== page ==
20/12/2005. Contributed by Jessica Martin
Cast and crew of The Da Vinci Code film give first interview, open up about filming at the Louvre and including controversial elements.
Filmmaker Ron Howard says that the upcoming movie based on Dan Brown's novel The Da Vinci Code will not soften the story's more controversial elements. There will be "no placating," he tells Newsweek in its annual "Who's Next" double issue. "It would be ludicrous to take on this subject and then try to take the edges off. We're doing this movie because we like the book," he said.
Since The Da Vinci Code was published in 2003, the book has become a global industry, spawning everything from critical documentaries to reverential bus tours. It has also been condemned by the Vatican for disseminating falsehoods about the Roman Catholic Church. The cult of The Da Vinci Code will reach new heights with the release of Columbia Pictures's $125 million film version, starring Tom Hanks and an international cast led by Jean Reno and Audrey Tautou.
In their first interview for the movie, director Howard, producer Brian Grazer and the cast open up to Senior Writer Devin Gordon in the January 2 2006 issue cover story The Da Vinci Code (on newsstands Monday, December 19) about filming at the Louvre, responding to the story's critics and preparing for the anticipated international media frenzy upon the film's release in May 2006.
Howard and Grazer describe one of the more unusual visits they paid to secure rights to film at the Louvre: the office of French President Jacques Chirac.
"We thought it was going to be a five-minute thing, like a trip to the Oval Office - a photo and a handshake," said Grazer. But Chirac asked them to sit down and get comfortable. Coffee was poured. They ended up staying close to an hour. Chirac insisted that his guests alert him if their request to film at the Louvre hit any snags. Not only that, he offered some pointers. He suggested they cast his daughter's best friend - an actress of some acclaim in France - in the role of Sophie Neveu, the elegant young cryptographer at the heart of the book's mystery (the part ultimately went to Tautou). And he wondered aloud, half seriously, if they could sweeten the paycheck for Reno.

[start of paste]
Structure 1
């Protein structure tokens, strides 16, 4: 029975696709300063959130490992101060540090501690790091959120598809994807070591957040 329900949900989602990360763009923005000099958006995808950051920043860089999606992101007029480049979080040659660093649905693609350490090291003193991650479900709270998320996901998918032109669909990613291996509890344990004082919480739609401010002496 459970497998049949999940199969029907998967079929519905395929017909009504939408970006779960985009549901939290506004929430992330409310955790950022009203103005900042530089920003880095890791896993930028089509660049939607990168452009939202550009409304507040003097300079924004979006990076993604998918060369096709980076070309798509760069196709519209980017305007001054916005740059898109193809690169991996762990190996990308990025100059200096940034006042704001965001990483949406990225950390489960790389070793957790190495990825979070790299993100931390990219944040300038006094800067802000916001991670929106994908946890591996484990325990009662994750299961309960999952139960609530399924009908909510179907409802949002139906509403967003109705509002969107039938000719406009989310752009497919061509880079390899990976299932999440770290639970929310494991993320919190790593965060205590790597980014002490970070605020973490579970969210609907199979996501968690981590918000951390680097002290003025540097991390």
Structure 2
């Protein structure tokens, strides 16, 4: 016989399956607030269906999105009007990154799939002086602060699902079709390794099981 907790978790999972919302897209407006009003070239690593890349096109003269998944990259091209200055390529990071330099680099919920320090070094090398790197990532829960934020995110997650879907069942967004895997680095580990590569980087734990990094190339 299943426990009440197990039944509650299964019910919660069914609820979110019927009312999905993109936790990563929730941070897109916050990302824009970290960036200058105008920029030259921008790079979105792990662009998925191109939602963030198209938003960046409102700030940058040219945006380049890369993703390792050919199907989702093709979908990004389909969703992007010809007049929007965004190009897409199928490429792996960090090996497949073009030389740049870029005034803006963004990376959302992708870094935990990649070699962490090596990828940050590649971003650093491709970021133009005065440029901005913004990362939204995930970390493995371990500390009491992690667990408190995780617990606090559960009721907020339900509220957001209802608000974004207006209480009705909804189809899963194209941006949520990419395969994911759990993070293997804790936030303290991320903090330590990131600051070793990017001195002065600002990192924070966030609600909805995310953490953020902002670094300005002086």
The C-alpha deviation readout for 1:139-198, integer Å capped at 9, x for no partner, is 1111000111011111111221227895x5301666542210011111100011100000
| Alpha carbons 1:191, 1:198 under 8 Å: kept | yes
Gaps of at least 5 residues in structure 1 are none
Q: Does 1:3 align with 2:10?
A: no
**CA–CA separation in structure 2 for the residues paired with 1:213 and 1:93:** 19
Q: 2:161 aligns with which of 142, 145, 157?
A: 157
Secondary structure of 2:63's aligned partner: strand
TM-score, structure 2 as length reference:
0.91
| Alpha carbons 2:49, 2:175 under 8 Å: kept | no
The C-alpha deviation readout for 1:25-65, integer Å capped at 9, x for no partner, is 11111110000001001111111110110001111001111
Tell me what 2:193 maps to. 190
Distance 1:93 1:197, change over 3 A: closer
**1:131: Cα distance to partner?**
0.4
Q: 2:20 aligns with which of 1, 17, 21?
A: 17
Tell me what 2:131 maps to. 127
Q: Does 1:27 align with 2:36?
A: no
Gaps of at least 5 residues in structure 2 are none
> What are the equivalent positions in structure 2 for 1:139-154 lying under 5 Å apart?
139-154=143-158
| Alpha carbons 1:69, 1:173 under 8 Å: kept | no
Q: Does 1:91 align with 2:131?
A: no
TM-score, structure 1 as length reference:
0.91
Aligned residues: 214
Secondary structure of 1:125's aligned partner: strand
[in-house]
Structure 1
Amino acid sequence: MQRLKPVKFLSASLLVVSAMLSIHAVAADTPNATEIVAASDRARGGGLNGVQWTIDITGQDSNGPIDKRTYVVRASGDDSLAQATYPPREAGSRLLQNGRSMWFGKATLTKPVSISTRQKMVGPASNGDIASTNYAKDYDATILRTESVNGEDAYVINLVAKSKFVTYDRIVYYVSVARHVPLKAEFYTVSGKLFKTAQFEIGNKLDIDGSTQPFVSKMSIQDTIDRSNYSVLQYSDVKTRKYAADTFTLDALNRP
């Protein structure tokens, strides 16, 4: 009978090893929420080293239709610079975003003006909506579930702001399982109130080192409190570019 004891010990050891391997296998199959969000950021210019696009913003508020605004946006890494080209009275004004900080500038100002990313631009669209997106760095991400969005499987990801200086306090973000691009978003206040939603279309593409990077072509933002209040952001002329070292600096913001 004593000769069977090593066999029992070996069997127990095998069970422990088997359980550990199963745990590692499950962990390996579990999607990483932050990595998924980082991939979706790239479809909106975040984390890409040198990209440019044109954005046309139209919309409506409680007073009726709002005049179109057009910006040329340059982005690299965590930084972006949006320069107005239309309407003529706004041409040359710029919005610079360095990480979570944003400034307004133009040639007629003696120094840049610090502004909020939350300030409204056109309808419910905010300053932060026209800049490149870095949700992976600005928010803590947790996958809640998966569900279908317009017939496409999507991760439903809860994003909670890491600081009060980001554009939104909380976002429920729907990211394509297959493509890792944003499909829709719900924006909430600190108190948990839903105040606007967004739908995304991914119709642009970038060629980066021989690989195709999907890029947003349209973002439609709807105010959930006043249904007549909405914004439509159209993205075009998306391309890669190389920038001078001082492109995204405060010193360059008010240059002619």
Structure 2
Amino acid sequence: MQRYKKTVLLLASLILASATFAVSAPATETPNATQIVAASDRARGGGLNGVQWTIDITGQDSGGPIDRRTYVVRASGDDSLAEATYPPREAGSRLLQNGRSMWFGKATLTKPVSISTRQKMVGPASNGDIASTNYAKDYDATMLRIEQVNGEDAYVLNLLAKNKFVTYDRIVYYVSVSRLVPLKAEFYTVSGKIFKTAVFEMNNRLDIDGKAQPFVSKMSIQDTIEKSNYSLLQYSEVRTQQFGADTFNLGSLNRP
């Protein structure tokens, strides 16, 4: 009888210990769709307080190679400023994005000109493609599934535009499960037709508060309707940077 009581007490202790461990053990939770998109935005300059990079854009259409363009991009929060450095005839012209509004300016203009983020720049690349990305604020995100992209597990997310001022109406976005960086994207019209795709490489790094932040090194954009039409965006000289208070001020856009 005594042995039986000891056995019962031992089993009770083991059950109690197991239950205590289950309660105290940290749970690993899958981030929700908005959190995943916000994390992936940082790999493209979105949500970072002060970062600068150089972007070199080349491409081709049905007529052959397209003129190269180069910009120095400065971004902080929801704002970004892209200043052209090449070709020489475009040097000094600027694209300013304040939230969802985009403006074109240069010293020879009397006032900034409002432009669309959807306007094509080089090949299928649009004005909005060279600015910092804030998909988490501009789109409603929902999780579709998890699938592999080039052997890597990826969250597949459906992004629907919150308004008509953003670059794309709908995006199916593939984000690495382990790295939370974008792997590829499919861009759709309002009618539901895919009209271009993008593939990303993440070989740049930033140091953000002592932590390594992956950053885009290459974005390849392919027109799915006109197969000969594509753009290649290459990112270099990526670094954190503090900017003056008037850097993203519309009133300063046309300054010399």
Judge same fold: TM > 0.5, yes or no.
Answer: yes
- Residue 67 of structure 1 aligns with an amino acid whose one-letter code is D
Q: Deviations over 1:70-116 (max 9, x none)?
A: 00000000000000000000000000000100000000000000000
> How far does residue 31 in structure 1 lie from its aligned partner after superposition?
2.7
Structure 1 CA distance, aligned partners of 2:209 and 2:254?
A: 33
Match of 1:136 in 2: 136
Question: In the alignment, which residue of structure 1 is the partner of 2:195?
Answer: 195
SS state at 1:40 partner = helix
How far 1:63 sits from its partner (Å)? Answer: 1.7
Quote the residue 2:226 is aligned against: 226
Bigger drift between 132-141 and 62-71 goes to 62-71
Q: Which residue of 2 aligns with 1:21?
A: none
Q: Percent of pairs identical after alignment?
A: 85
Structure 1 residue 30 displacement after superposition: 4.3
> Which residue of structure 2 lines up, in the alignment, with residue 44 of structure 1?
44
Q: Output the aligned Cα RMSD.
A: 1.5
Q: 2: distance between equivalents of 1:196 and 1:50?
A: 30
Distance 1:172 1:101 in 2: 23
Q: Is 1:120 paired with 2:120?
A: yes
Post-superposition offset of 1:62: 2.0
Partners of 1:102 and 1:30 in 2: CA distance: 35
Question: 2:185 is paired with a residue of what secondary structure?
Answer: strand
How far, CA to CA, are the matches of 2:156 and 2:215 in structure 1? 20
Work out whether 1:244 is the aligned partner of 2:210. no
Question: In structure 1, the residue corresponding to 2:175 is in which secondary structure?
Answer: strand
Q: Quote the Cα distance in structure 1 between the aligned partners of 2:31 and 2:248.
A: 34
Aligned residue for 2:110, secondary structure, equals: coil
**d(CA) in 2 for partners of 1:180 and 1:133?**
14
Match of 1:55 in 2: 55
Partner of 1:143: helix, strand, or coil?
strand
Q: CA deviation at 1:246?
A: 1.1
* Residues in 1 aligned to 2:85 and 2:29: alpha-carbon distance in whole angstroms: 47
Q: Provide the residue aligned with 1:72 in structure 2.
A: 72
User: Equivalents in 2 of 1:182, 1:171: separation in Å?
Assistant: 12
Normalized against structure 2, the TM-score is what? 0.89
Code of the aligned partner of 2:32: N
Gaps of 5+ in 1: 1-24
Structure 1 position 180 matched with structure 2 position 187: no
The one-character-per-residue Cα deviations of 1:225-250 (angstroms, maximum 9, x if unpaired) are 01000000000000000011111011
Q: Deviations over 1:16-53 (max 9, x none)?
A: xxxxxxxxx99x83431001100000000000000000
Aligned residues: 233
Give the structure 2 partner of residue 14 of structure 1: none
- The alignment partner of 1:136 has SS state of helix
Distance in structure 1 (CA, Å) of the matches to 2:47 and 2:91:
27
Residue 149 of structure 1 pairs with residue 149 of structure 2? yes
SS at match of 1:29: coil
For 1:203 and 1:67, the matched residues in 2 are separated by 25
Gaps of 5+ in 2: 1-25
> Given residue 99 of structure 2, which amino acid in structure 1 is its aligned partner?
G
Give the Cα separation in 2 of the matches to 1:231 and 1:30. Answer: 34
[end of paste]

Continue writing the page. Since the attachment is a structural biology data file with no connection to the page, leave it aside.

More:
"That was hilarious," said Howard. "Fortunately the deal was already closed."
Six months later, Howard and the rest swarmed into the Louvre and set up shop for a week of night shoots. Paris in July offers, at most, seven hours of true darkness - from about 10 p.m. until 4:30 a.m. so there was little time to stop and gape at the treasures. But everyone made sure to take a moment.
"The clock's ticking, I've only got so much time to get a lot done, but even still, every once in a while, I would stop in front of, say, John the Baptist's severed head, and for just a second, I'd let myself remember where I was working," says Howard. "That was nice." Hanks's trailer was parked on a street outside the museum, requiring him to hike through countless silent galleries to reach the set. "It was a great walk to work, I'll tell you that," he says. "You're walking past 'The Coronation of the Empress Josephine,' 'Leonidas at Thermopylae' - just one masterpiece after another."
Read entire cover package at http://www.Newsweek.com
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